So, do I follow all these all the time? Nope. It’s a lot to think about all the time. Most of the time, I’m just hoping and praying that I was able to do one or two of these while heading out with my camera. I keep them in the back of my head and try to remind myself of all this before I snap a picture. But, even with all this, I still bring home a lot of duds. The good news is that they can be deleted fairly easily. Some images are just so darn horrible, that I delete them immediately upon looking at the play back on the LCD screen. Others have potential only to not meet the chopping block once they upload to my computer. But, if you’ve invested in a nice DSLR, chances are that you have a nicely sized memory card to play with, if not multiples. Fill them up, champ!! There’s no sense in coming home with empty space on the memory card. Who knows? Maybe one of those per-chance images ends up being the winner!!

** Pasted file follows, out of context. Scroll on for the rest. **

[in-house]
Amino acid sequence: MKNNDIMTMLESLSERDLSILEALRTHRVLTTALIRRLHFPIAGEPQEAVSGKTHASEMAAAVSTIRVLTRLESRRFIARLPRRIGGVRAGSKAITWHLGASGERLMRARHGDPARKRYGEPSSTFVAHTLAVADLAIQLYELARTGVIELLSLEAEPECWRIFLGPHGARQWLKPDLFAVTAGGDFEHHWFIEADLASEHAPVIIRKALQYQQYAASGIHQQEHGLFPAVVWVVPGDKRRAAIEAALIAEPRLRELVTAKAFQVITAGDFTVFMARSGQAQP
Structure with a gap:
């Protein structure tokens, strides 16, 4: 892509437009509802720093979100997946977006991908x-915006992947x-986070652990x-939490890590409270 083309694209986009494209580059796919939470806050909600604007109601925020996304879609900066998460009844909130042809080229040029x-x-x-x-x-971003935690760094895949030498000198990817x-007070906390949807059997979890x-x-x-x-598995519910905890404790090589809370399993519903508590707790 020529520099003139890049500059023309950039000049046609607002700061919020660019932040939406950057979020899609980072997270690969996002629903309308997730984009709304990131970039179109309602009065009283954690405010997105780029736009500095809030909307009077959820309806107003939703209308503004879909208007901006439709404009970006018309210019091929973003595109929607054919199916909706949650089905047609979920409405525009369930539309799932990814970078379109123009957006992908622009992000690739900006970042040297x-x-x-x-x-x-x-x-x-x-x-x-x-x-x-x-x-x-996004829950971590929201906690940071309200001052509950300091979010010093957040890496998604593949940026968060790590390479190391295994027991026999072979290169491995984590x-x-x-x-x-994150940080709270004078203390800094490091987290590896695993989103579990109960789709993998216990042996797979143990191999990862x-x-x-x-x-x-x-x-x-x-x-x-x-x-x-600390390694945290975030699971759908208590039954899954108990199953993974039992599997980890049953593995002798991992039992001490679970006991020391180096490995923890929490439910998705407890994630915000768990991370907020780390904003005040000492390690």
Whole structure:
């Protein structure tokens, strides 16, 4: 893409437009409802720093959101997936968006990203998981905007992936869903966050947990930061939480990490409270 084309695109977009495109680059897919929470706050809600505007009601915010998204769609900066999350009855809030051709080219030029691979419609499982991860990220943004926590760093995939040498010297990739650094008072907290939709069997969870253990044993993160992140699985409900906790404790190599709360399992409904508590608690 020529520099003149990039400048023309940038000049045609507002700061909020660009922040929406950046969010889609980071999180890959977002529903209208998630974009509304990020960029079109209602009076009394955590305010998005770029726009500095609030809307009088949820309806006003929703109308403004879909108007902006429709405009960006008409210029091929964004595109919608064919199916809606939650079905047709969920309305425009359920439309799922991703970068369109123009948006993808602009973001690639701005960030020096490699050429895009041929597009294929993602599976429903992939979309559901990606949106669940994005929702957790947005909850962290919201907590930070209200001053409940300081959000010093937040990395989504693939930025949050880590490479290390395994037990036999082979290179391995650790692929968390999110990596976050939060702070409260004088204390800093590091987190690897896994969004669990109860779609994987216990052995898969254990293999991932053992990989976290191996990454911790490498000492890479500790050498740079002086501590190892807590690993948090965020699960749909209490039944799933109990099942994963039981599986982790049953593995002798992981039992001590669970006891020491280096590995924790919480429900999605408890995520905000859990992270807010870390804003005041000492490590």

For today’s images, I take up back to my outing at Filoli Gardens a few weeks back. On the grounds, there is a lovely gift shop that has the homiest of feel to it, so it captured my attention. It almost reminded me of being in a Smith & Hawken mixed with a country general store. Although I didn’t spend too much time (or money) in there, it was very enjoyable and a worthwhile stop when visiting the grounds. Enjoy and Good Night!!!